] The total amount of corporate bonds issued in South Korea declined 7 percent in 2016 from a year earlier, amid rising volatility in global bond yields and political uncertainties, the Korea Securities Depository said on Jan. 11.
The volume of corporate bonds issued last year reached 310.8 trillion won ($260 billion), down from 334.6 trillion won in 2015, the state-run custodian and settlement services provider said.
It is the first decline since 2013, when the issuance of corporate bonds fell 0.5 percent on-year.
By type, publicly placed bonds accounted for 88.6 percent of the total issuance, while privately placed bonds made up the remainder.
The volumes of both public bonds and private bonds shrank 7.5 percent and 8.9 percent, respectively, in 2016 from a year earlier, the KSD said.
The issuance of foreign currency-denominated bonds, or so-called “kimchi bonds” that are issued by local firms to borrow foreign money for Korean won financing, sharply fell by 28.4 percent on-year to 4.3 trillion won in 2016.
Among them, the proportion of dollar-denominated bonds fell slightly to 97.1 percent from 97.9 percent.
No local company issued any yuan-denominated bonds last year, which was a contrast to the 376.4 billion won issued in 2014 when yuan-denominated bonds and certificates of deposit were launched in Korea.
“It may seem a sharp decrease when you look at changes in the foreign currency-denominated bonds last year, but the kimchi bond market has been almost ‘dead’ since 2010 in Korea,” said Kim Jeong-mi, head of the securities registration team at the KSD.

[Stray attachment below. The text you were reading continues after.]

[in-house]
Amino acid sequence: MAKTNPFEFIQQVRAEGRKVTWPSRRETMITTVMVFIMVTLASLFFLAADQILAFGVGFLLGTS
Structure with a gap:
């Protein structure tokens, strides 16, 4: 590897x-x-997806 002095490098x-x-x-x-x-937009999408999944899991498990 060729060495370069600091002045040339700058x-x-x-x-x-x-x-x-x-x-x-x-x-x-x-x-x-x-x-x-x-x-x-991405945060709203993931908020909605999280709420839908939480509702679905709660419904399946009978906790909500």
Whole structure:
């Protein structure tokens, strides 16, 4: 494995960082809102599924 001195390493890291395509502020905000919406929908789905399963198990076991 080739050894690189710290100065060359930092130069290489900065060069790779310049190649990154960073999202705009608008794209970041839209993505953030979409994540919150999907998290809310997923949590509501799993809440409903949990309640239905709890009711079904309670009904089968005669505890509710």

“Especially after the US Federal Reserve’s indication on rate hikes, bond yields have become more volatile. Only those with high credit ratings can issue bonds these days,” she said.
According to industry data, the three-year bond yield issued by companies with AA- credit rating remained relatively high at 2.1 percent Monday, after spiking to 2.22 on Nov. 24 on expectations that US President-elect Donald Trump’s policies would push up inflation and market interest rates.
Meanwhile, 102 bond market analysts in 77 financial institutions in Korea all predicted the Bank of Korea would keep the base rate at a record low of 1.25 percent at the upcoming monetary policy meeting on Jan.13, the Korea Financial Investment Association said.
The analysts were quoted by the KOFIA as saying that “although downward risks in the economy coming from global and domestic uncertainties might pressure the BOK to lower the interest rate, the risks involving the US Fed’s rate hikes and rising household debt in Korea will make the central bank hold the rate unchanged.”
By Kim Yoon-mi/The Korea Herald (firstname.lastname@example.org